- There is less and less scope for the "developed" nations to find sources of economic growth here on Earth. The "developing" countries have learned how to make things, they will learn how to invent things that work well enough not to need the Western "intellectual property", they also sit on the most of the Earth's natural resources. What will the West trade for the labour and manufactured products then?

 

Should be limited to anything that's, say, 5 kilometers or larger.

 

I think you are a bit optimistic about the minimal size needed to do a lot of damage. AFAIK, the Tunguska meteorite is estimated to be much smaller than that - may be 100m or so, yet it could have ruined a major city if it'd hit a denser populated area instead of the middle of nowhere, as it did.

 

Regards

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I think you are a bit optimistic about the minimal size needed to do a lot of damage. AFAIK, the Tunguska meteorite is estimated to be much smaller than that - may be 100m or so, yet it could have ruined a major city if it'd hit a denser populated area instead of the middle of nowhere, as it did.

 

Regards

 

Tunguska is also assumed to be a Comet, and that's a whole different story. Since it was a mix of rock and ice and perhaps a core of deuterium, well, what happened was nuclear fusion. Comet enters atmosphere, shatters because the ice burns away, and then you got a very fast moving glob of extremely reactive material.

 

It's a different story. Different materials. Different results. Like taking a jawbreaker and smashing it into a wall, then a hunk of granola and smashing it. They might both break, but one is going to be far more explosive.

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There are many hypotheses about Tunguska. Fusion is one of the least likely, fringe ones. Most likely is that it was a bunch of loosely bound rocks (perhaps glued together with ice - maybe a comet core, maybe an asteroid) and all of the mass burned up before reaching the surface, resulting in a thermal airburst. Had it been a denser rock it would have slammed into the ground and made a big nice hole, like the one in Arizona. Either way, the result would have been similar as the magnitude of energy released would have been roughly the same (given similar mass and velocity).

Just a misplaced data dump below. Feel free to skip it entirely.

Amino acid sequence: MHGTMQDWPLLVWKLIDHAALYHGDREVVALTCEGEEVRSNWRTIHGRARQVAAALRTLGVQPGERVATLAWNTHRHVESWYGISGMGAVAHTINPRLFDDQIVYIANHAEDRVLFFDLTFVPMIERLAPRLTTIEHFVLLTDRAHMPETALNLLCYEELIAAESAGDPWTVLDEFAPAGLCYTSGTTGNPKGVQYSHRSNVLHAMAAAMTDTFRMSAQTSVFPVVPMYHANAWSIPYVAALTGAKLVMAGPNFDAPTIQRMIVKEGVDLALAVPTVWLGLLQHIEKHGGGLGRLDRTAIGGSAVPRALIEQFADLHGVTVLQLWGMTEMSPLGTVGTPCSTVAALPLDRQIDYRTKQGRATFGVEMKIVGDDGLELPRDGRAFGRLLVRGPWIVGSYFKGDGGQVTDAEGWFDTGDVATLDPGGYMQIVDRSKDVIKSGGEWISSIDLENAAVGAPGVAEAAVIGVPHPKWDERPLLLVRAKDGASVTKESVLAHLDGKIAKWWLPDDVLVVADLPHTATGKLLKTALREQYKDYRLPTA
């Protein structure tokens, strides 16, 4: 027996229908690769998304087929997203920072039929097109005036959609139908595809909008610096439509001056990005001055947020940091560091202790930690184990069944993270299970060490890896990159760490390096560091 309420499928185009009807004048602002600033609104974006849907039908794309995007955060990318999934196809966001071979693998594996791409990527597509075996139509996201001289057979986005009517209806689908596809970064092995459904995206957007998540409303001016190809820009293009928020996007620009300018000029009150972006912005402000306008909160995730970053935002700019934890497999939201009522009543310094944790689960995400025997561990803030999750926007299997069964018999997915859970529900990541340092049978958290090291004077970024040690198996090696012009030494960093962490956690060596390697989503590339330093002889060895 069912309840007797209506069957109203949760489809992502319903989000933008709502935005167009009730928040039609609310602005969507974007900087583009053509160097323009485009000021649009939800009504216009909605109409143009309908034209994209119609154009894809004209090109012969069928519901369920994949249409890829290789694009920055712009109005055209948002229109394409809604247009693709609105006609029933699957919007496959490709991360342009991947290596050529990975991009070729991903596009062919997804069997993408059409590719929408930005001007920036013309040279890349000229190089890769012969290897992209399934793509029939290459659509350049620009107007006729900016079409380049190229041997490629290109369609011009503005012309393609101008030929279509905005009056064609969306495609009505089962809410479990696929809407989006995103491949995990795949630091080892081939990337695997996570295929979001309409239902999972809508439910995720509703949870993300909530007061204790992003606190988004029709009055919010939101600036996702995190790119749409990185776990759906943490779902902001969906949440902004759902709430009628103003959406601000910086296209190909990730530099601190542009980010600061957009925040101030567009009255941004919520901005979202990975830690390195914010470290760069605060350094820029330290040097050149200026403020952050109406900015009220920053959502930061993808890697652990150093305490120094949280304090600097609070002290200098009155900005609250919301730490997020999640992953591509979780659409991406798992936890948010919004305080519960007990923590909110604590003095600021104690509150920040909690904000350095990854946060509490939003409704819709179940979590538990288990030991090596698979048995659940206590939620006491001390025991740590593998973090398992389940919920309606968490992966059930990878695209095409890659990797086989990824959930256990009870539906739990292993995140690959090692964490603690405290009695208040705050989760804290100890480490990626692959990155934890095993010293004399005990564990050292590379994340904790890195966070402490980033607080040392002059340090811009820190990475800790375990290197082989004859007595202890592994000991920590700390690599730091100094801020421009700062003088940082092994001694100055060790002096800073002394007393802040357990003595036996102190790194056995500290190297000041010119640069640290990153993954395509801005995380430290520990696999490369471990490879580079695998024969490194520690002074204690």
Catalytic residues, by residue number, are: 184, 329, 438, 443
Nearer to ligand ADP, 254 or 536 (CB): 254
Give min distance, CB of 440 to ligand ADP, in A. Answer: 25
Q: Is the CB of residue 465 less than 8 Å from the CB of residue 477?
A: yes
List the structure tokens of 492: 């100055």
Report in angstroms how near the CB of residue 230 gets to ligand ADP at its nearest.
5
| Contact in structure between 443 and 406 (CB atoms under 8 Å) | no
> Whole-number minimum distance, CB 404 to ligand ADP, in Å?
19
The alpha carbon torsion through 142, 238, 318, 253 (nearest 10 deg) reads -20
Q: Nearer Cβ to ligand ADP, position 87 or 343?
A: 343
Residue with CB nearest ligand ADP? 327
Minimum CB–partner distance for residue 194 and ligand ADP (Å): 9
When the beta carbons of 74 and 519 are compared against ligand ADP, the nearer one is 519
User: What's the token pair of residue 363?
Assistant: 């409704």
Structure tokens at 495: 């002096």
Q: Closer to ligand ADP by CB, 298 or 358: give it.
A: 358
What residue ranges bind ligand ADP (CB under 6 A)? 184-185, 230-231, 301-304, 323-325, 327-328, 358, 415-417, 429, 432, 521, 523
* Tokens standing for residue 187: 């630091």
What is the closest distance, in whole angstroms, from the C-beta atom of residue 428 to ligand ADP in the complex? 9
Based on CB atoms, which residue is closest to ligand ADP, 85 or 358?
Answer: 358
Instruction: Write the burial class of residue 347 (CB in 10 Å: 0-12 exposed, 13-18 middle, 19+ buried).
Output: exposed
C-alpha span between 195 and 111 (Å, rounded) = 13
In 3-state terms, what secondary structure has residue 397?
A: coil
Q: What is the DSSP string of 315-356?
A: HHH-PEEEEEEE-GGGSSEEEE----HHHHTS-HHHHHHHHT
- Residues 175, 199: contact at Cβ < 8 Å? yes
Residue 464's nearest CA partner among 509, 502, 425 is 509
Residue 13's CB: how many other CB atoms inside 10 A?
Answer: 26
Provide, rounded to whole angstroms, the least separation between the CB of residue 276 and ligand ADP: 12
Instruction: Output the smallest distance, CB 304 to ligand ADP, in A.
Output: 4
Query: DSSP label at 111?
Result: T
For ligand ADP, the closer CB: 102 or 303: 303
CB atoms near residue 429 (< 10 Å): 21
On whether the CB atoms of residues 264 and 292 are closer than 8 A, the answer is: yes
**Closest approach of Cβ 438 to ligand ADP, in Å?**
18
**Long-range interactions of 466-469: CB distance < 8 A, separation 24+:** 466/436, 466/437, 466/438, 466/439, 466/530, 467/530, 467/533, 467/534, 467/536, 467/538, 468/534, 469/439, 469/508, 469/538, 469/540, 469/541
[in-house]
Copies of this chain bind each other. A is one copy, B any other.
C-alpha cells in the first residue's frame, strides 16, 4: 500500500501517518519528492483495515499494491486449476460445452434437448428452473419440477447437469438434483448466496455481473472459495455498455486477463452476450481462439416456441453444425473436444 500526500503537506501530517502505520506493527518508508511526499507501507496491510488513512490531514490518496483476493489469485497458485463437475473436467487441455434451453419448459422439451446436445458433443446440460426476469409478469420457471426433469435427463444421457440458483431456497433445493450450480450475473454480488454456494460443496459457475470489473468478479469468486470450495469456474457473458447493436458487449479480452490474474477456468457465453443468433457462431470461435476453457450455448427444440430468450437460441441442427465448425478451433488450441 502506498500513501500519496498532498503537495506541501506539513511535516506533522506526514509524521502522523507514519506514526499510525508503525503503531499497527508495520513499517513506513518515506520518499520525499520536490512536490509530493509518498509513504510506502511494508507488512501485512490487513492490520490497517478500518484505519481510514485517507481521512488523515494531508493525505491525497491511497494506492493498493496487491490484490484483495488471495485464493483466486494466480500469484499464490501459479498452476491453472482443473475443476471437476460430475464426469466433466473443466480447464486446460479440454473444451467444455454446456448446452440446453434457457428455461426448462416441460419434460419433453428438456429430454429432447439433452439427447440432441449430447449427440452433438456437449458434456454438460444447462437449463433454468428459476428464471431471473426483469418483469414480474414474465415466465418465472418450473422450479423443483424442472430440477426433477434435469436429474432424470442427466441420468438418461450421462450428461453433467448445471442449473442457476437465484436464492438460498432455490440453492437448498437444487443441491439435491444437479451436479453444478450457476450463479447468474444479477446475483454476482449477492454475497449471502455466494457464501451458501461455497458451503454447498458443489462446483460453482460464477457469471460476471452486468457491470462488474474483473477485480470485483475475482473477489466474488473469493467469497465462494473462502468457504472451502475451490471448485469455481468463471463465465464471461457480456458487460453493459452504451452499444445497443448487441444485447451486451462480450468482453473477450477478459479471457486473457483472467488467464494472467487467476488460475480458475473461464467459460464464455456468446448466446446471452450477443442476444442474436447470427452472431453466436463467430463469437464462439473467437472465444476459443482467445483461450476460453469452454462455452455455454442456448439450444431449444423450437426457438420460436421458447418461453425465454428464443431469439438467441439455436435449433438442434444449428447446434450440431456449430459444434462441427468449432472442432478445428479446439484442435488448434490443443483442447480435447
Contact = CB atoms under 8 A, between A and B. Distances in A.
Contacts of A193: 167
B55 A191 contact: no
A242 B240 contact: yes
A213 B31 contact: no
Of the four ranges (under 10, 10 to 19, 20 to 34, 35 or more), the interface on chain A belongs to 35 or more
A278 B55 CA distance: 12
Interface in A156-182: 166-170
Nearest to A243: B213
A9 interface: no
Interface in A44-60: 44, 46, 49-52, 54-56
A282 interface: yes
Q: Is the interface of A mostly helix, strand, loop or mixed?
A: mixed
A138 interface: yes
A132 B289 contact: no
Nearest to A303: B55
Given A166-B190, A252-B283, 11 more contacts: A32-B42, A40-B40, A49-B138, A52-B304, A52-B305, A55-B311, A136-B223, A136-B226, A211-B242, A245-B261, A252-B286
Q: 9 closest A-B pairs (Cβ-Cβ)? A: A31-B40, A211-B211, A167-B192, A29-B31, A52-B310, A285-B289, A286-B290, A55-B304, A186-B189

Regards

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There are many hypotheses about Tunguska. Fusion is one of the least likely, fringe ones. Most likely is that it was a bunch of loosely bound rocks (perhaps glued together with ice - maybe a comet core, maybe an asteroid) and all of the mass burned up before reaching the surface, resulting in a thermal airburst. Had it been a denser rock it would have slammed into the ground and made a big nice hole, like the one in Arizona. Either way, the result would have been similar as the magnitude of energy released would have been roughly the same (given similar mass and velocity).

 

Regards

 

You admit that there are many hypothesis to that event. Why say earlier that it was an asteroid event? It's an outlier - any good astronomer would throw it out when discussing the threat that asteroids play on Earth. There's just too much that makes the event weird - Tree bark samples point to asteroid, but eyewitness events of clouds plus the most recent study point squarely at comet. There's no right answer, and we shouldn't look at the one event that has too much conflicting evidence when we have thousands of events confirmed as asteroids or meteoroids.

 

It's a simple thing. Don't make policy on conspiracy.

 

(For the record, I don't consider Hydrogen core reaction to be the least likely explanation. Come on, Wardenclyffe tower, a UFO, an anti-matter comet, and a damn black hole are the least likely/fringe ones. Deuterium core is unlikely, but it's certainly more likely than things that break the laws of physics.)

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You may note that I did not say whether or not something was an asteroid or cometary impact. All I said was that 5 km lower threshold is a big underestimation of the potential danger of an impactor.

 

Whether Tunguska was solid or loose it does not change the energy. The consensus is that it *was* significantly smaller than your minimal size. In all likelihood there are plenty more where that came from, regardless whether it was a comet or a rock or a lump of metal.

 

Regards